Newsletter writers became more optimistic about stocks amid the biggest slump in the Standard & Poor’s 500 Index since 2008, a sign the market retreat may not be over, according to Miller Tabak & Co.’s Peter Boockvar.
The proportion of writers who are bullish on equities increased to 47.3 percent from 46.3 percent in the week ended Aug. 9, while bears fell to 23.7 percent from 24.7 percent, according to a report from New Rochelle, New York-based Investors Intelligence yesterday. The S&P 500 fell 7.2 percent in the week ended Aug. 5, the most since November 2008, Bloomberg data show.
Analysts who study charts to predict markets view more optimism as a contrarian sign because investors may have bought shares and have less money to invest. The S&P 500 extended its decline this week, including a 6.7 percent drop on Aug. 8, the first session after a downgrade of the U.S. credit rating by S&P stoked concern that the nation’s economic slowdown may worsen.
“One thing last week’s 7.2 percent decline in the S&P’s didn’t do was shake the confidence of newsletter writers,” Boockvar, a New York-based strategist, wrote in a note yesterday. “This reflects a clear buy-on-the-dip mentality,” he said. “Bear markets don’t bottom with more bulls than bears.”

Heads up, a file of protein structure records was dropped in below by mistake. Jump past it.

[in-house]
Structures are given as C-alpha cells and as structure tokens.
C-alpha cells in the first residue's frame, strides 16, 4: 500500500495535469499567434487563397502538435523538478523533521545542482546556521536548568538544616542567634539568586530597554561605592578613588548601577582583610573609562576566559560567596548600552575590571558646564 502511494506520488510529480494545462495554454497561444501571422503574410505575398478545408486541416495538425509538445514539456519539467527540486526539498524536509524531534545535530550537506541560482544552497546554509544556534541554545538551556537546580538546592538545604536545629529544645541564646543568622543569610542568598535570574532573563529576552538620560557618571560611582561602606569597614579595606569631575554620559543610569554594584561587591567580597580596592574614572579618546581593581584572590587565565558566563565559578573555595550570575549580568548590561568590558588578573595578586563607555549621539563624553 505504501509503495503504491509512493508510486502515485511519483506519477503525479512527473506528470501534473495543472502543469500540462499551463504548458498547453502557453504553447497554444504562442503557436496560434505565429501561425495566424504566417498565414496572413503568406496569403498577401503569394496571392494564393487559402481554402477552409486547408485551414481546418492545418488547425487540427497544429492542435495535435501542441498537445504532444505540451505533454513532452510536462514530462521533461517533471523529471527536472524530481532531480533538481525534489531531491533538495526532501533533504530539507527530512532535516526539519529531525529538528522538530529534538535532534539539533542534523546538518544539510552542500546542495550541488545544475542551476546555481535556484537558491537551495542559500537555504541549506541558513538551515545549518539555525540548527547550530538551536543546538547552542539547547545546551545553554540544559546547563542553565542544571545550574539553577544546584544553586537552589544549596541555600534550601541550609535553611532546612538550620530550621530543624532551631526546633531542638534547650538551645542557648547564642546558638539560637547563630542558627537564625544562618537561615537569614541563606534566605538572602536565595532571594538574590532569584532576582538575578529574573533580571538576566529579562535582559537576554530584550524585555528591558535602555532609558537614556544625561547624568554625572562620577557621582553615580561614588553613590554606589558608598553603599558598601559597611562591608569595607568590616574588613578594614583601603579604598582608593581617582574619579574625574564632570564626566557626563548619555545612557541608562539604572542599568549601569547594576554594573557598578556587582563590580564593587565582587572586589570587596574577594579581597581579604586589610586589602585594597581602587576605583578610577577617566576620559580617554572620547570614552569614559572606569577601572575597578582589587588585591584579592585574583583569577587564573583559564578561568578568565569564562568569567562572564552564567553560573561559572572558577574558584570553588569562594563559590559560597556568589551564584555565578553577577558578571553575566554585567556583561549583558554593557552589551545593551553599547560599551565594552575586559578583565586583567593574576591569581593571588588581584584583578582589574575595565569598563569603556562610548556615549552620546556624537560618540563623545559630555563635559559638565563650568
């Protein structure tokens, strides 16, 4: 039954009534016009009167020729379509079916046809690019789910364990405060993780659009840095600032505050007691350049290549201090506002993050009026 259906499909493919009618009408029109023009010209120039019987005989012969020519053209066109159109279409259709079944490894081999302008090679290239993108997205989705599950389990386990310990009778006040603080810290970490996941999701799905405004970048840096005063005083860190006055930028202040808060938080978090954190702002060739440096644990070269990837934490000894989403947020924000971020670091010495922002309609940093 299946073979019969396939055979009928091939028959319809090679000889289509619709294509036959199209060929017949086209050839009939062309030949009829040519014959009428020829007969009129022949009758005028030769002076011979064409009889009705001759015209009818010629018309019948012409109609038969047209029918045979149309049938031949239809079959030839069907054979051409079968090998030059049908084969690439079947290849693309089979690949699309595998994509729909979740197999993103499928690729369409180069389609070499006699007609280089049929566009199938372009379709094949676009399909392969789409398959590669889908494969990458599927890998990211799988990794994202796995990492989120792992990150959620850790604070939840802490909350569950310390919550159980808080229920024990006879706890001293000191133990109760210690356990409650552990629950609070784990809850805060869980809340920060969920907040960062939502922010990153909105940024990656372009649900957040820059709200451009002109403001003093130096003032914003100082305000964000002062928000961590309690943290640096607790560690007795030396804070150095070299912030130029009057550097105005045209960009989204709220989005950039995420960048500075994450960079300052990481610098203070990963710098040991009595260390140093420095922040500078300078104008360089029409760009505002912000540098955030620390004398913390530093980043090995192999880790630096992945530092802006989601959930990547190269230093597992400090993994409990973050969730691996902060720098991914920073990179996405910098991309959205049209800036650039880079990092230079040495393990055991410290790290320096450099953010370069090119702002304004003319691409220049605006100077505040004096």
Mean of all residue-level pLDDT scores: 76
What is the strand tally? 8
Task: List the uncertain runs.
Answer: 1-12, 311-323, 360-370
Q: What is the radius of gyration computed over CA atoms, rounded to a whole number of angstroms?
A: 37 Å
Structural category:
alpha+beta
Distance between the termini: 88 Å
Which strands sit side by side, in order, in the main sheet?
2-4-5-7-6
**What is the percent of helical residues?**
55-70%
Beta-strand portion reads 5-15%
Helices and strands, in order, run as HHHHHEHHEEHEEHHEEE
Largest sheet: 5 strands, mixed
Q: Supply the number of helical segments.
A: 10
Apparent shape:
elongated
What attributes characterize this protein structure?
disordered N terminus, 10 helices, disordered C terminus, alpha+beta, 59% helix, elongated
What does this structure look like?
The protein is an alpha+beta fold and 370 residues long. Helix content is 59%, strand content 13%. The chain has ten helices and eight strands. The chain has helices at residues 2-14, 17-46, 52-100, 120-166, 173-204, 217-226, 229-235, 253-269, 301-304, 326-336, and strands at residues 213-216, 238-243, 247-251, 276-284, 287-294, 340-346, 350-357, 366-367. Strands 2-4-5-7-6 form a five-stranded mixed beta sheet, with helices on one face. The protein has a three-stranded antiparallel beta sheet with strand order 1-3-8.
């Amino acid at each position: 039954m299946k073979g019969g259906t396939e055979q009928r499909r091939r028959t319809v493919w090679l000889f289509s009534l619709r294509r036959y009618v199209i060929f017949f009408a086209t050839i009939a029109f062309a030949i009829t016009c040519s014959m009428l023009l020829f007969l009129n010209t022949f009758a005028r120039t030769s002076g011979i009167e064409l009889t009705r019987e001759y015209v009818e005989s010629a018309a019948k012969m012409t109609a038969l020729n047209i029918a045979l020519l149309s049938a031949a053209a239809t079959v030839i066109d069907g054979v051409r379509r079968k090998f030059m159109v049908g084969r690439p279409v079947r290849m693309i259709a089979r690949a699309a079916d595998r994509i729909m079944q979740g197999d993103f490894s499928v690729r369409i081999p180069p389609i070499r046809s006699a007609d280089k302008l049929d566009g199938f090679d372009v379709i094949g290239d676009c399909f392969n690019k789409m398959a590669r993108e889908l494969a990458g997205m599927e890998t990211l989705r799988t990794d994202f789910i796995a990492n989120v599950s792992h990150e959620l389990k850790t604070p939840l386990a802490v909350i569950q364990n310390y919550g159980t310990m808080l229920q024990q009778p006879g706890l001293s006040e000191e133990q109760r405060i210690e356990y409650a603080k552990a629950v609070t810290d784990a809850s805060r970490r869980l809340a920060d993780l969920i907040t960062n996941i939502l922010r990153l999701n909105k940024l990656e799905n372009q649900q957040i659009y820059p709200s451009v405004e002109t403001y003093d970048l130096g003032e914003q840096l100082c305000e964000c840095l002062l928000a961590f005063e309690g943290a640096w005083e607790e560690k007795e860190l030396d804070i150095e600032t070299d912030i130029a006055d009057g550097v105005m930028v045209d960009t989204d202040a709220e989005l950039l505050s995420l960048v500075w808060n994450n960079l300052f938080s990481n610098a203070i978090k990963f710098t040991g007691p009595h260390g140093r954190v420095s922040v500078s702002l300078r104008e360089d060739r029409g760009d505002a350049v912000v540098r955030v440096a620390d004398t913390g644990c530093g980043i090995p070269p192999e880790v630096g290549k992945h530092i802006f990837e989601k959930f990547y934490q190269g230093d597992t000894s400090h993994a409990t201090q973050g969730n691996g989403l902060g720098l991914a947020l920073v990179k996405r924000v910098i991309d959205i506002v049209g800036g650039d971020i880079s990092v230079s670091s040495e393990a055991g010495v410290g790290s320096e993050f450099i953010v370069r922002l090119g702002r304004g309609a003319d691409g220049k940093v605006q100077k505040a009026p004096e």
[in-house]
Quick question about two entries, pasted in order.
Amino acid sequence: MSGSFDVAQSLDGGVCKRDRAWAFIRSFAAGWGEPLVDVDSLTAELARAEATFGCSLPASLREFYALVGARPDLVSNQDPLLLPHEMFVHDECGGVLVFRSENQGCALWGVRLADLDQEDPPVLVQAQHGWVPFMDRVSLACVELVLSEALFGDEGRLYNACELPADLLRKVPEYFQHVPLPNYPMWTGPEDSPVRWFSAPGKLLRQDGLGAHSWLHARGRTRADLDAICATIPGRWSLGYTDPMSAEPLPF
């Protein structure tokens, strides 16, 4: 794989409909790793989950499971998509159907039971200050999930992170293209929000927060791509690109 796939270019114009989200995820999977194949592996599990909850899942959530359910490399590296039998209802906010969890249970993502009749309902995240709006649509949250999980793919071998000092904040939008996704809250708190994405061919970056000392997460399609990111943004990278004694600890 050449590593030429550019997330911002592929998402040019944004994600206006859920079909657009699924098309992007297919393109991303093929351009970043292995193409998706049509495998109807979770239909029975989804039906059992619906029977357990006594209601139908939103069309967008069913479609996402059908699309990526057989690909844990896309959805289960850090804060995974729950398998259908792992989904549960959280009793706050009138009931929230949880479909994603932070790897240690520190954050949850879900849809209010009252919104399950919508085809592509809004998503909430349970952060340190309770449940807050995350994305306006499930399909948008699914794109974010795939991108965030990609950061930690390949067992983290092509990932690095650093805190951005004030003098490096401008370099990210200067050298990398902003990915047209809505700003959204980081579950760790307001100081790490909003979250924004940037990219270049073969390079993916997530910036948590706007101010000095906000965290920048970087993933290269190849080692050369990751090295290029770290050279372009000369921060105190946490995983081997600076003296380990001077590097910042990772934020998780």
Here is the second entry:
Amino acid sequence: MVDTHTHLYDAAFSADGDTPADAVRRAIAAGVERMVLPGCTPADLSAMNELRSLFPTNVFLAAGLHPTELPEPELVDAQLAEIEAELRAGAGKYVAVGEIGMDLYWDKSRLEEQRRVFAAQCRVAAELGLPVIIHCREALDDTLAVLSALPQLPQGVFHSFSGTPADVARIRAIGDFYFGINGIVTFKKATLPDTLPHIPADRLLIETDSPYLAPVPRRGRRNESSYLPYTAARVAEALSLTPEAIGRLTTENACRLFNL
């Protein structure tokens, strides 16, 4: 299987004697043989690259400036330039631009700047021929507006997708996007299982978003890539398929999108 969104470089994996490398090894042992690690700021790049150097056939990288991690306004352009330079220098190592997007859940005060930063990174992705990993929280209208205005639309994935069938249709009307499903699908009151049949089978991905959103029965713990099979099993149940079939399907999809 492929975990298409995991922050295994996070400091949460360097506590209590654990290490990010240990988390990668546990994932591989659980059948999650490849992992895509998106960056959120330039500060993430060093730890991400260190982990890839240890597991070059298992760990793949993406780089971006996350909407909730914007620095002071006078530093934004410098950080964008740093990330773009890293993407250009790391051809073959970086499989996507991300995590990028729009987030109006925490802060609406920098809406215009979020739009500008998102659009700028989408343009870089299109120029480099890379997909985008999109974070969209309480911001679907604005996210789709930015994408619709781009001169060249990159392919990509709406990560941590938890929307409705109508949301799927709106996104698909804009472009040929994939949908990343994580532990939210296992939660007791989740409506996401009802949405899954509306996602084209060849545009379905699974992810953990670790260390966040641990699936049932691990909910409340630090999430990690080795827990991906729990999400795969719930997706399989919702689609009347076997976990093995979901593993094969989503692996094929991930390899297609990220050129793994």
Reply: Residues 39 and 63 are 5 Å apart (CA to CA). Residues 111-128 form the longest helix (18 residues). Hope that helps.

The S&P 500 plunged 18 percent from an almost three-year high on April 29 through Aug. 8. The next day, the benchmark gauge rallied 4.7 percent after halting its slide intraday within a half percentage point from 1,101.73, a level marking the erasing of 38.2 percent of its entire gain during the bull market that began in March 2009, according to Bloomberg data. The threshold is part of Fibonacci chart analysis, which attempts to identify points where losses may gain momentum or reverse. The S&P 500 fell 4.4 percent to 1,120.76 yesterday.
“While some may say we’re not in a bear market yet, the two main characteristics of one are oversold markets that get even more extremely oversold and secondly are followed by violent rallies that don’t last long,” Boockvar said.
The 14-day relative strength index for the S&P 500, which identifies possible turning points by measuring the degree to which gains or losses outpace the other, dropped to 16.5 on Aug. 8, the lowest level since September 2001, according to data compiled by Bloomberg. Readings have stayed below 30, a level seen as evidence that stocks have fallen too far too fast, in four out of the past five days.
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